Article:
An effective QRP station needs a stable, regulated power source to provide power to the transmitter, the receiver (or a transceiver), an antenna tuner, as well as keep a battery topped off for use while off the power grid.
I felt like this would be a good first kit to solder together and ordered a Tuna Power System Kit from Rex (W1REX at QRPME.com). The kit arrived and the build instructions on the web looked very straight forward. However, the diode included with the kit would only work with small batteries. An option was to put in a diode with a higher power rating rather than the supplied 1N4004. So, I decided to order a small quantity of 1N4001 diodes. I found a set of ten diodes at Adafruit.com for $5.75 including shipping. Turn around on the order was very fast and I received the diodes three days later.
The instructions, as I said, seemed to be pretty straight forward, so I began building. It took me about four hours over two days to do the build, which included unsoldering several resistors and moving them to the right spot after making a pretty significant error.
I had a lot of problem reading the color codes on the resistors, even with the help of a 3x magnifying glass. Further, my inexpensive volt-ohm-meter (VOM) wasn’t accurate enough to figure out the exact resistance (even when shorted, the VOM would read a resistance of 2.5 ohms). There were some missing components and a couple of components in the kit that weren’t needed (several zero ohm resistors). Rex provides outstanding customer service and the situation was corrected literally over night.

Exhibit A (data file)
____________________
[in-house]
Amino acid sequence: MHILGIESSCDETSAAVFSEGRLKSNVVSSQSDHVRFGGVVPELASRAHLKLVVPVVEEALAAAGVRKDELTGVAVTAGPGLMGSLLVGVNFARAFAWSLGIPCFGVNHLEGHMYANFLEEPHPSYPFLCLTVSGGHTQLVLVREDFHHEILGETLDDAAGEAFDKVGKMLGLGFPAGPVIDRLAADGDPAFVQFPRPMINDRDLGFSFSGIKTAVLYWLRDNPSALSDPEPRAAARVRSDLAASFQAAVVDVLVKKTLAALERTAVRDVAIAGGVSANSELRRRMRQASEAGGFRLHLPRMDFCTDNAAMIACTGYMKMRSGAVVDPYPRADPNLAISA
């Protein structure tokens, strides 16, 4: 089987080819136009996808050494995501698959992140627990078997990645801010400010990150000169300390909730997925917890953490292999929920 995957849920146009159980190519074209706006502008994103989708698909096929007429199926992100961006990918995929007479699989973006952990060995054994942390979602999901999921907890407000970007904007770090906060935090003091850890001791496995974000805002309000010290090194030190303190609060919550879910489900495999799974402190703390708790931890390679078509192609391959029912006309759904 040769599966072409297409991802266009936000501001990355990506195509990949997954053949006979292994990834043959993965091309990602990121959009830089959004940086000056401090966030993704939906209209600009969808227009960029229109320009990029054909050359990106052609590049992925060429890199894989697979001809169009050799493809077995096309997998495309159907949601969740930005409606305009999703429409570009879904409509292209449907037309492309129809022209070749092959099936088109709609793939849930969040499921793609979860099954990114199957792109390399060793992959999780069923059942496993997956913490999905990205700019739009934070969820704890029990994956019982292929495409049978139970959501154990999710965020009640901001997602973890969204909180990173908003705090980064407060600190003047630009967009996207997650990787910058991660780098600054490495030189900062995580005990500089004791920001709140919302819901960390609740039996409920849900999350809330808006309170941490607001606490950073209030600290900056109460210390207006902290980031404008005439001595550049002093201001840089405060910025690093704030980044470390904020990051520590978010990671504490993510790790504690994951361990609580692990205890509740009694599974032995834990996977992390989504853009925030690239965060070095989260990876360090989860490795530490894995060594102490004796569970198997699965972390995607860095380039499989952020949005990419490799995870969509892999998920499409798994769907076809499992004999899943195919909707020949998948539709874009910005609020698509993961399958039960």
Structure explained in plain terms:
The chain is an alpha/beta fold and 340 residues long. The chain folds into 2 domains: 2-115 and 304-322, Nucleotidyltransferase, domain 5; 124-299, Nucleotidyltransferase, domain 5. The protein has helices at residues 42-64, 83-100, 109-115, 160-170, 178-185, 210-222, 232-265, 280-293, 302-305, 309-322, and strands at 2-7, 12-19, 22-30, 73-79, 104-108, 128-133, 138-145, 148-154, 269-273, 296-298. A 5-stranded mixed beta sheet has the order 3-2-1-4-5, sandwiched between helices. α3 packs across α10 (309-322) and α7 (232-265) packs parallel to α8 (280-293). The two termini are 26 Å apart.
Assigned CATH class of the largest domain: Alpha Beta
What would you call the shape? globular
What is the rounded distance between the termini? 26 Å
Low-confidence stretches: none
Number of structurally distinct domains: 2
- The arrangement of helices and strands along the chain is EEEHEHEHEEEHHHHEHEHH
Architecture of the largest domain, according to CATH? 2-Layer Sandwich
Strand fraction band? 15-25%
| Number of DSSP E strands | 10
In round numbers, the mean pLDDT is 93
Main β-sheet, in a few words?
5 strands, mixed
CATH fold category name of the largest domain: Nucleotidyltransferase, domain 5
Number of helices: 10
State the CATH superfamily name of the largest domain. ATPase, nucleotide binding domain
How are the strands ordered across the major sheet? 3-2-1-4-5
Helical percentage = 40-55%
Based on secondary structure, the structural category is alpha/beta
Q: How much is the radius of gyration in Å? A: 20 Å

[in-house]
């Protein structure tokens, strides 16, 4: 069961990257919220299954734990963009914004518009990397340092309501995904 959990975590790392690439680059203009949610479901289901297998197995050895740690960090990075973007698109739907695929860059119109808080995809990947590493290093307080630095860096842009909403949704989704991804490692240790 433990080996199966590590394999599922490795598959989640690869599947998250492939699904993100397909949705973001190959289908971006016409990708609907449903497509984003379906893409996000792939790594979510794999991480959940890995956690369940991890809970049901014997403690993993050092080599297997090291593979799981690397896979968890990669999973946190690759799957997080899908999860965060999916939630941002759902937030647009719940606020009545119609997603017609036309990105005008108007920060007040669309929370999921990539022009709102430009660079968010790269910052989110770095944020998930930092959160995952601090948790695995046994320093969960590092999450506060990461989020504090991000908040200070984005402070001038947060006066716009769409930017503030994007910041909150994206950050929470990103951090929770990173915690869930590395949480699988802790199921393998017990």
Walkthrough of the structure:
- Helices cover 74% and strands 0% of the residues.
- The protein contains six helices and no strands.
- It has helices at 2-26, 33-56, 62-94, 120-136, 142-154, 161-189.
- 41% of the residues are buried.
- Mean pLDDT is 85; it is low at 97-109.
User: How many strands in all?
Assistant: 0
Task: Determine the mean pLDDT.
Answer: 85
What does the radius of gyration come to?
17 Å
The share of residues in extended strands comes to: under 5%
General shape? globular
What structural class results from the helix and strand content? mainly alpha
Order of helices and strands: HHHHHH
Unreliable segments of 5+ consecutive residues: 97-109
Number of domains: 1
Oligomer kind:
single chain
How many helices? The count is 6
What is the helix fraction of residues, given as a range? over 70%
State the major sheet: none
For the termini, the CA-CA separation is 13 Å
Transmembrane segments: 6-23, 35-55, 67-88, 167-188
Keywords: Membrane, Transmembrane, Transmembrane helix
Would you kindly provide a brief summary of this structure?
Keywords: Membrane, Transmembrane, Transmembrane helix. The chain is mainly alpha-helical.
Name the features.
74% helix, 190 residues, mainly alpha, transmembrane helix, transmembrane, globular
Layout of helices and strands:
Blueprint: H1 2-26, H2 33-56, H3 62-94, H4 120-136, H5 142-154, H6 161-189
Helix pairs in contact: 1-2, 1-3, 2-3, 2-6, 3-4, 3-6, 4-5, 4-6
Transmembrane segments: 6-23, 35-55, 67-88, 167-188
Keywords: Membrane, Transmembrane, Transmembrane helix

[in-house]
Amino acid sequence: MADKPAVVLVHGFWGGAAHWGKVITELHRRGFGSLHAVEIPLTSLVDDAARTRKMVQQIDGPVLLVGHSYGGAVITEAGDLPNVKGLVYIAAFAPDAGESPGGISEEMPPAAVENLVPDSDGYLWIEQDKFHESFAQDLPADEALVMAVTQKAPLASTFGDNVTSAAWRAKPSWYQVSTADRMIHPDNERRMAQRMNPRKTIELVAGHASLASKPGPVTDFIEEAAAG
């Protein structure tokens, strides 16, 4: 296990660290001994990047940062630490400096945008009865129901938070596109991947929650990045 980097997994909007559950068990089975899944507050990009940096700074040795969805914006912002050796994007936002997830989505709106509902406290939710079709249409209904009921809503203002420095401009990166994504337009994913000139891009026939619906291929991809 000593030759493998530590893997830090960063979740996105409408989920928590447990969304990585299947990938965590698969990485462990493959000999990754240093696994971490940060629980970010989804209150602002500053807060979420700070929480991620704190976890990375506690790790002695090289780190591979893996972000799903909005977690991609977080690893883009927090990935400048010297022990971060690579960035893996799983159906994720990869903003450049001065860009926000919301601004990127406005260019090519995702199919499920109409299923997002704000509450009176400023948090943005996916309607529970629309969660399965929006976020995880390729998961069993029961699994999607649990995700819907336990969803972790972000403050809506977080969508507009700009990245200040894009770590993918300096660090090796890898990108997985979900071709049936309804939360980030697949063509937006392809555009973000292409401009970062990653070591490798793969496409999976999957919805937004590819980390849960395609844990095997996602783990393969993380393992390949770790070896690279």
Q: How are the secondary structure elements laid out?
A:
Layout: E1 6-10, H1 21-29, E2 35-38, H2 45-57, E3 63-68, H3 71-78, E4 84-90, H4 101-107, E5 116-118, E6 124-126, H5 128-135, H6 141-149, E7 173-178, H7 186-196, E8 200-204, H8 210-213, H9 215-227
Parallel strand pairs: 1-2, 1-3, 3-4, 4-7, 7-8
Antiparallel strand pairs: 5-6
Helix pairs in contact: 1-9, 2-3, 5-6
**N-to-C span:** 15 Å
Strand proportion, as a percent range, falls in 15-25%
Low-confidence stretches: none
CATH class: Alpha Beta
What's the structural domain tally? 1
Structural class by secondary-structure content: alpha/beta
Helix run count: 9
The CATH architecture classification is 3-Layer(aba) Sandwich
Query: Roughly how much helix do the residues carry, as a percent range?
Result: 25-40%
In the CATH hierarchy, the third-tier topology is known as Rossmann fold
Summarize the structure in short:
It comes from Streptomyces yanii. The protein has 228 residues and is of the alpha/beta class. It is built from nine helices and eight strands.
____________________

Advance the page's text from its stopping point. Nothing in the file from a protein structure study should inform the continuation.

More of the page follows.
The power supply takes an input voltage from 15 to 20 volts DC and provides constant 12v out to five RCA jacks and to the battery connection. It also provides a 5v output to a USB connector and 5 volts and 12 volts to a molex connector. The suggested input device was a 20v power supply to an old printer. At the local thrift shop I found a 20v out power supply to an HP printer, cut off the plug at the end so that it would connect to the input jack.
After soldering everything up, I did some testing with my VOM and felt I was ready to plug it in. Within seconds the IC chip caught fire between pins 13 and 14. Obviously, something was not right.
So, I’ve ordered another Tuna Power System Kit … plus several other items.
First, I ordered a 10x / 20x magnifying glass from Amazon. This glass has two LED lights which provide very nice illumination. The resistors are now much easier to read and it’s much easier to inspect the solder connections on the board.
Secondly, I needed a bench power supply … one where I could set the voltage and the current with shorts prevention. The problem with the first unit was probably a short circuit. A short circuit means that the device will pull as much current as the source will give, and in this case the 20v old printer supply would ship up to 20 amps on demand, more than enough to burn up the integrated circuit and surrounding components. A bench supply that would detect a short and shut down before something is damaged or catches fire was now a requirement for my kit building activities. After some research, I ordered one from Amazon.
Thirdly, I needed a much more accurate VOM that also included the ability to test and read capacitors. I ordered that from Amazon.
Finally, I needed a much finer point on the soldering iron to better prevent shorts between components. I found these also on Amazon.
All of that has arrived. The new power supply is now on the bench and ready for assembly. Nopefully no “magic smoke” this time.